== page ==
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Concordia Online Education

Wilbur’s First Day


Language Arts  


4, 5  

Title – Wilbur’s First Day
By – Jennifer Dalke
Subject – Language Arts
Grade Level – 4-5

Unit contents:

Subject: Writing

Illinois State Goals: 1. Read with understanding and fluency
2. Read and understand literature representative of various societies, eras, and ideas
3. Write to communicate for a variety of purposes

Instructional Objective:
Students will write a short story of one or two paragraphs about Wilbur’s first day in the manure pile in the cellar of Zuckerman’s barn.

* Charlotte’s Web, by E.B. White
* writer’s notebooks

Anticipatory Set:
* I will begin by asking the children how they like the story so far.
* I will ask them what they think of Wilbur: Is he a nice pig? Is he mean? Does he sound like fun? Would you like to have a pet pig?
* I will ask the children if they know what manure is. I will explain to them what manure is, and how it helps farmers to fertilize their land so they can grow more crops. I will also explain to them that pigs enjoy playing in mud, dirt, and manure.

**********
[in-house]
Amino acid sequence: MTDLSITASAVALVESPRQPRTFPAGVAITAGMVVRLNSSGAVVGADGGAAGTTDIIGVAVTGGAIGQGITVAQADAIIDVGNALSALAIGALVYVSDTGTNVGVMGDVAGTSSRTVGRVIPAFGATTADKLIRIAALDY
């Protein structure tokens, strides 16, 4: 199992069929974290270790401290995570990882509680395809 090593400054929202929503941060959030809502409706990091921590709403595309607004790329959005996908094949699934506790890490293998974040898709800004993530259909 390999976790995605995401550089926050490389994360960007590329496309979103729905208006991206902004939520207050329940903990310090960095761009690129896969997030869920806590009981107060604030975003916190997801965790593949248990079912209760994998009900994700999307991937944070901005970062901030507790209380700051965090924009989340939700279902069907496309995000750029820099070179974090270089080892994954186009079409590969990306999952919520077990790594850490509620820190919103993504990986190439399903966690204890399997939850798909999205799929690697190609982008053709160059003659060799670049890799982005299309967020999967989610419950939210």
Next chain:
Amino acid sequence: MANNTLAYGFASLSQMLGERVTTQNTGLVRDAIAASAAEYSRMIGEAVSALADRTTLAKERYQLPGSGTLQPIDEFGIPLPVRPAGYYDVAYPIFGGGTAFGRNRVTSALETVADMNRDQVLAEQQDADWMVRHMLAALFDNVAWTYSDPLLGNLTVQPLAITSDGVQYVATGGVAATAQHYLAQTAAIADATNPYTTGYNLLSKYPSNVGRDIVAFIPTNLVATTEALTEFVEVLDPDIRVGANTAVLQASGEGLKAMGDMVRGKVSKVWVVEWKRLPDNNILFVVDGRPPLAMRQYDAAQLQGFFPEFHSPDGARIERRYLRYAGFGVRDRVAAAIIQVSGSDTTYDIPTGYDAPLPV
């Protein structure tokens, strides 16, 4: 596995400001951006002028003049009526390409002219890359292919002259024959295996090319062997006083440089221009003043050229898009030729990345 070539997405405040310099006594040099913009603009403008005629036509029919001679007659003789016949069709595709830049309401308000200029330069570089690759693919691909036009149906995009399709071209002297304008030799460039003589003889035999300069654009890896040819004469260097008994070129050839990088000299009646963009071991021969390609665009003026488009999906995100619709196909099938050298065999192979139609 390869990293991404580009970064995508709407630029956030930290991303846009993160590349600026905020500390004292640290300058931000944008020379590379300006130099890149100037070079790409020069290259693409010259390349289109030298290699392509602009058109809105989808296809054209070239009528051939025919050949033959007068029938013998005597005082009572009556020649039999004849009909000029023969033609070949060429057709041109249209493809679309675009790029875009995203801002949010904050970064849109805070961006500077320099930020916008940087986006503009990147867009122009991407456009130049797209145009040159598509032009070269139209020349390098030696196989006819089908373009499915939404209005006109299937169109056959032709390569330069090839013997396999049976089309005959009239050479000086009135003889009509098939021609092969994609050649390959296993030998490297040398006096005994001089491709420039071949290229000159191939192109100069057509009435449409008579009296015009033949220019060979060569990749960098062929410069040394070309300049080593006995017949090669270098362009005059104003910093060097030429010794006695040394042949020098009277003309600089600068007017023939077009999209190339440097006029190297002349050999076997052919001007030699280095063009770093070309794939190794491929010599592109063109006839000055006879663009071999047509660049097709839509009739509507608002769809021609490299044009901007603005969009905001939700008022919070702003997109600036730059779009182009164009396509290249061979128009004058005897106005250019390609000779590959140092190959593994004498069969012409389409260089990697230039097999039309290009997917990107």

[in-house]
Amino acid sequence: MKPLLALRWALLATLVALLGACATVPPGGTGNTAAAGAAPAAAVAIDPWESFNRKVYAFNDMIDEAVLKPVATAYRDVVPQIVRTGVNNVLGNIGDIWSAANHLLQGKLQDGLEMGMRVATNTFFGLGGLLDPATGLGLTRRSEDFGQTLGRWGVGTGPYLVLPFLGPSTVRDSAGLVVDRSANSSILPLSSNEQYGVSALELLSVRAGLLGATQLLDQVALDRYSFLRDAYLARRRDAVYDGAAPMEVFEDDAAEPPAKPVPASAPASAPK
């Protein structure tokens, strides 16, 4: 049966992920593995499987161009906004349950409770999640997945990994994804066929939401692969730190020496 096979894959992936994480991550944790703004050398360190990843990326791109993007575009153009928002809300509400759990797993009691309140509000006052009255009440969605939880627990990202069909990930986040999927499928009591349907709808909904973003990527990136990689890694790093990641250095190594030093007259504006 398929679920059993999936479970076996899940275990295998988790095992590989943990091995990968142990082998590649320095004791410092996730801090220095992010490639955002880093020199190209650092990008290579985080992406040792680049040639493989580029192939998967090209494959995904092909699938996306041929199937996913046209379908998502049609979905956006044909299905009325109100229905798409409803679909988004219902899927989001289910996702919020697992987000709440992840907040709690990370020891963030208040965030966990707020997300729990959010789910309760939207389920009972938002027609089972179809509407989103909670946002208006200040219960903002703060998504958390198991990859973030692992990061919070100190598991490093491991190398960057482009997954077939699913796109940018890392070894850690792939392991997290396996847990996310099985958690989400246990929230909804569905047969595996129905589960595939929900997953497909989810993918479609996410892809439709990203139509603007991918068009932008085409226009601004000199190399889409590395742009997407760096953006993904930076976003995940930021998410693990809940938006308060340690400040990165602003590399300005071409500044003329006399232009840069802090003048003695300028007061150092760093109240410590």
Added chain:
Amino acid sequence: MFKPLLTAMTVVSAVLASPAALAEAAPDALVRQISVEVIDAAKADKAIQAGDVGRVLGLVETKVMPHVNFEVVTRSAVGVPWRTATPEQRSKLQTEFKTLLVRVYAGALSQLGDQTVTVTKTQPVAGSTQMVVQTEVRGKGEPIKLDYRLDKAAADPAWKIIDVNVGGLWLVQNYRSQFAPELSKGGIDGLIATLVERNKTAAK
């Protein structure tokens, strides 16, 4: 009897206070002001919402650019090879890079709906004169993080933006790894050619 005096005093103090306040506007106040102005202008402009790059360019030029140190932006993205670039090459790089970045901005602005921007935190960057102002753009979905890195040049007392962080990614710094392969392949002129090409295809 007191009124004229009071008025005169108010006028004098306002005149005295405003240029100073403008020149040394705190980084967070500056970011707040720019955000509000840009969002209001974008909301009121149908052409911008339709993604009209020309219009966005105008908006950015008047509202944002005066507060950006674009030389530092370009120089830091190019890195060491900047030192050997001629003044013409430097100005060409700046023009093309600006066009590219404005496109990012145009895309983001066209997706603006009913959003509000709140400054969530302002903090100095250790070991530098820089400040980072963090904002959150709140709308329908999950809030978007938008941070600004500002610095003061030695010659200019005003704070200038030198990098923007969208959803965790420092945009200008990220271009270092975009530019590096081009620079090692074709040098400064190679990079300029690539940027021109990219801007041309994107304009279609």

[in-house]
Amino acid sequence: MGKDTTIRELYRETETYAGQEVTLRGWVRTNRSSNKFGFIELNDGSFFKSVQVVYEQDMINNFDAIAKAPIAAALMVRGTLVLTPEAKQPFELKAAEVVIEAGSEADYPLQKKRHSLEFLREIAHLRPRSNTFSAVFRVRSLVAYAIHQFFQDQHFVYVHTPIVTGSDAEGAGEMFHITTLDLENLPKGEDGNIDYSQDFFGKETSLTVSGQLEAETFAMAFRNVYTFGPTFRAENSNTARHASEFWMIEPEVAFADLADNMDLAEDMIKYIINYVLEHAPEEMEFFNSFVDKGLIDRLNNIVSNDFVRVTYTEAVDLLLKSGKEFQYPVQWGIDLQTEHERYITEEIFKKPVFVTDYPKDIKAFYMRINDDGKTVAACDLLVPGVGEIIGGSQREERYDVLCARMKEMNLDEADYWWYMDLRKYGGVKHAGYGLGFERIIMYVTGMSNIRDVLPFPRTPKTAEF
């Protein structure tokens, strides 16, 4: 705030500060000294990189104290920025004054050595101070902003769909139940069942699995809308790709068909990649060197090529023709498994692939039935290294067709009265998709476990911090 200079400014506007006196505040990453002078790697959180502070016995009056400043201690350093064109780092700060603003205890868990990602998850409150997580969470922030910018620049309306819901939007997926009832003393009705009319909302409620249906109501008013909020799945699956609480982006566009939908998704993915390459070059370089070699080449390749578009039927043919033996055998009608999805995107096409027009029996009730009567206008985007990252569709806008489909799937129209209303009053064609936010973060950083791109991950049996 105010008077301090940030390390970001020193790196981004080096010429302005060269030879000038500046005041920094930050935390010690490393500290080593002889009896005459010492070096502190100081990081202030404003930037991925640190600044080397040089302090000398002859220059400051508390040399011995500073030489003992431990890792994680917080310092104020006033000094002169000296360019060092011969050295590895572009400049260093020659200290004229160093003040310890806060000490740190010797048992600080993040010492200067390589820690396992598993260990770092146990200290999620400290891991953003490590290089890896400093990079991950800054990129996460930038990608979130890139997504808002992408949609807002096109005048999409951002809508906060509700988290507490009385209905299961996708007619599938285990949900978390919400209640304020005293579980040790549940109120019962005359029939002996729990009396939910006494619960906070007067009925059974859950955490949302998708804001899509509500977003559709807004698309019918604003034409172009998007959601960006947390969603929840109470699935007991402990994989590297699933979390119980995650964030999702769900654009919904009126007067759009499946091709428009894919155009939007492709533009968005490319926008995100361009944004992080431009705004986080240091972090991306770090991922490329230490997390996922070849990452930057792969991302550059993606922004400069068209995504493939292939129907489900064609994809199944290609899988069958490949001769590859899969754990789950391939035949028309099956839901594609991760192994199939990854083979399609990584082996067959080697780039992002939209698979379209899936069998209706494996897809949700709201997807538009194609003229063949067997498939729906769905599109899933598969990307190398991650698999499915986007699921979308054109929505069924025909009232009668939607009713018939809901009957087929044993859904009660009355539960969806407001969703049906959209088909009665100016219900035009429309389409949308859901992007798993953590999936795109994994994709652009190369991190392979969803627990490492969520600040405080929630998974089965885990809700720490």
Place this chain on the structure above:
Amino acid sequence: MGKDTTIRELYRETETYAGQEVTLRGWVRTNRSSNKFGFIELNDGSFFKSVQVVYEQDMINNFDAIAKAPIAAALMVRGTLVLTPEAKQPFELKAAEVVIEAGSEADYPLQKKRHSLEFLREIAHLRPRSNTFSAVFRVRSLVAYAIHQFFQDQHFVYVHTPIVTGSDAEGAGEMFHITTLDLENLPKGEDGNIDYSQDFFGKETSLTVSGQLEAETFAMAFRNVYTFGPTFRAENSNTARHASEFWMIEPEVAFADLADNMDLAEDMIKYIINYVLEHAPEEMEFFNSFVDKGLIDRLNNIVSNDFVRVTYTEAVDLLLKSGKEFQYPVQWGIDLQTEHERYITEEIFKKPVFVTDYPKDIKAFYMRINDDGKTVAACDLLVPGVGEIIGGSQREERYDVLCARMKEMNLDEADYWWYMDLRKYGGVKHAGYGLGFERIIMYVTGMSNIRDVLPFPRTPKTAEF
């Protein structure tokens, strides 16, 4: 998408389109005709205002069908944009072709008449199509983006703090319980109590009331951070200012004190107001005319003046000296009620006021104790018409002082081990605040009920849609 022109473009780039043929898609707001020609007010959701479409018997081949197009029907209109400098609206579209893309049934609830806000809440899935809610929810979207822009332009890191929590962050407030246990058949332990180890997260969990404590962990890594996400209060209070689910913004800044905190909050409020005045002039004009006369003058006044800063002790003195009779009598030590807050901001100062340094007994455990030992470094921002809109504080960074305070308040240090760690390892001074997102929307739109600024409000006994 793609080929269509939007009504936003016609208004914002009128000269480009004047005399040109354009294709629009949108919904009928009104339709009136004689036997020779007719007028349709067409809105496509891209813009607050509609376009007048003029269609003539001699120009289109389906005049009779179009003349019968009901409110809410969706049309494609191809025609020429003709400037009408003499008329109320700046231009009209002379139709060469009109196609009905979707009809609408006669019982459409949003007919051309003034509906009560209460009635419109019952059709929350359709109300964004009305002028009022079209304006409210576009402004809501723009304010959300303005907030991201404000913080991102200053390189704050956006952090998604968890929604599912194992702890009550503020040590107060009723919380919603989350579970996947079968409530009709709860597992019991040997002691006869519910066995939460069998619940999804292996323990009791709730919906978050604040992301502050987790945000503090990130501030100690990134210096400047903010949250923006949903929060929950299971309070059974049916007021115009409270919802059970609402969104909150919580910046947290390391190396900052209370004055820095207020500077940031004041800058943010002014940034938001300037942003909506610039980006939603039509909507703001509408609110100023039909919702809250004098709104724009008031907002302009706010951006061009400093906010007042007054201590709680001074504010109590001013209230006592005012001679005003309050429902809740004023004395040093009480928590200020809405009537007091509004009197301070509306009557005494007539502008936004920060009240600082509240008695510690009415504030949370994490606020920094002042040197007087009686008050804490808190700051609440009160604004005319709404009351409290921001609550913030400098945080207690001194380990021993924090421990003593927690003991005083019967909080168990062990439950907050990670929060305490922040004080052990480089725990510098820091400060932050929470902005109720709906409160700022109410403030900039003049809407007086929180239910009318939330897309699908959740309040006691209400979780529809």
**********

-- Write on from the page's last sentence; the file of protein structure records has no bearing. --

1. I will ask them why they think pigs like to be dirty. I will ask them how they think Wilbur felt when he played in the manure pile.
2. I will tell the children to pretend that they are Wilbur. I will instruct them to try to think as if they are actually him.
3. I will explain that each student will be given a writer’s notebook to write in during the course of the week. I will pass out the notebooks, instruct students to write their names on the front, and tell them to open them up to the first page.
4. I will instruct the children to put their ideas down on paper. The children should write short accounts of Wilbur’s first day in the manure pile, from his point of view. I will stress to them that they should use the words “I” and “me” since they are pretending to be Wilbur.
5. Students will have about thirty to forty-five minutes to complete their accounts.

Cassie (LD)- While the other students are writing, I will allow her to come to a quiet corner with me. There, I will ask her questions about how she thinks Wilbur felt, and I will write her responses down.

* When students have finished, I will call upon students to share their stories about Wilbur’s experience.
* I will instruct the children to put their notebooks in their desks because they will be using them throughout the week.

Students will be evaluated on the length and quality of their writing. Stories must be at least one paragraph long, and they must be from Wilbur’s point of view.

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